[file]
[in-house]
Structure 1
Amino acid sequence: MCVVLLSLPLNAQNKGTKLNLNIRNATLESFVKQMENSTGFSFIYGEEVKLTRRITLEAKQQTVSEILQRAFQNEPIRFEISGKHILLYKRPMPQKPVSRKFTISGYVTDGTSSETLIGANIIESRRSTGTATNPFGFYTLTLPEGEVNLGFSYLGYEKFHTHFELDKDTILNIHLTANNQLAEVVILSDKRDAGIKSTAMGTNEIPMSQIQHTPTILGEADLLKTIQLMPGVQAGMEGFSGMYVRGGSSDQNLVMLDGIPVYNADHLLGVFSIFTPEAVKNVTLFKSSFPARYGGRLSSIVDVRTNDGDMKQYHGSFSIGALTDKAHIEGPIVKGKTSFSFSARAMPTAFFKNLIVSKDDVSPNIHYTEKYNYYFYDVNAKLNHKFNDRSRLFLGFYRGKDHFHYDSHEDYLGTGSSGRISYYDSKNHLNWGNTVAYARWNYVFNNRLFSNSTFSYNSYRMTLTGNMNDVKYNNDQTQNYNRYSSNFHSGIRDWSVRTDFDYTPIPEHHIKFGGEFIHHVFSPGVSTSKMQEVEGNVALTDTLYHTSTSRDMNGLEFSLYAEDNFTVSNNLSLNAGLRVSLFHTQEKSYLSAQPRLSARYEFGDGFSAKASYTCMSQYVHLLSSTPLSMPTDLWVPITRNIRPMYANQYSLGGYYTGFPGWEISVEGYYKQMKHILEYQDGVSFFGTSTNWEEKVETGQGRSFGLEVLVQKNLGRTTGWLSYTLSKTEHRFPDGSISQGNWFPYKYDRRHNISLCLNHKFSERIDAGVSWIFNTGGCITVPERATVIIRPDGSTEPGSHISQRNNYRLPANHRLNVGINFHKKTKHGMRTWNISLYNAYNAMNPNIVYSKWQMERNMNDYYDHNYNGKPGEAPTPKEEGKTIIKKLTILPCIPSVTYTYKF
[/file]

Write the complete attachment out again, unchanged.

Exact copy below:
[in-house]
Structure 1
Amino acid sequence: MCVVLLSLPLNAQNKGTKLNLNIRNATLESFVKQMENSTGFSFIYGEEVKLTRRITLEAKQQTVSEILQRAFQNEPIRFEISGKHILLYKRPMPQKPVSRKFTISGYVTDGTSSETLIGANIIESRRSTGTATNPFGFYTLTLPEGEVNLGFSYLGYEKFHTHFELDKDTILNIHLTANNQLAEVVILSDKRDAGIKSTAMGTNEIPMSQIQHTPTILGEADLLKTIQLMPGVQAGMEGFSGMYVRGGSSDQNLVMLDGIPVYNADHLLGVFSIFTPEAVKNVTLFKSSFPARYGGRLSSIVDVRTNDGDMKQYHGSFSIGALTDKAHIEGPIVKGKTSFSFSARAMPTAFFKNLIVSKDDVSPNIHYTEKYNYYFYDVNAKLNHKFNDRSRLFLGFYRGKDHFHYDSHEDYLGTGSSGRISYYDSKNHLNWGNTVAYARWNYVFNNRLFSNSTFSYNSYRMTLTGNMNDVKYNNDQTQNYNRYSSNFHSGIRDWSVRTDFDYTPIPEHHIKFGGEFIHHVFSPGVSTSKMQEVEGNVALTDTLYHTSTSRDMNGLEFSLYAEDNFTVSNNLSLNAGLRVSLFHTQEKSYLSAQPRLSARYEFGDGFSAKASYTCMSQYVHLLSSTPLSMPTDLWVPITRNIRPMYANQYSLGGYYTGFPGWEISVEGYYKQMKHILEYQDGVSFFGTSTNWEEKVETGQGRSFGLEVLVQKNLGRTTGWLSYTLSKTEHRFPDGSISQGNWFPYKYDRRHNISLCLNHKFSERIDAGVSWIFNTGGCITVPERATVIIRPDGSTEPGSHISQRNNYRLPANHRLNVGINFHKKTKHGMRTWNISLYNAYNAMNPNIVYSKWQMERNMNDYYDHNYNGKPGEAPTPKEEGKTIIKKLTILPCIPSVTYTYKF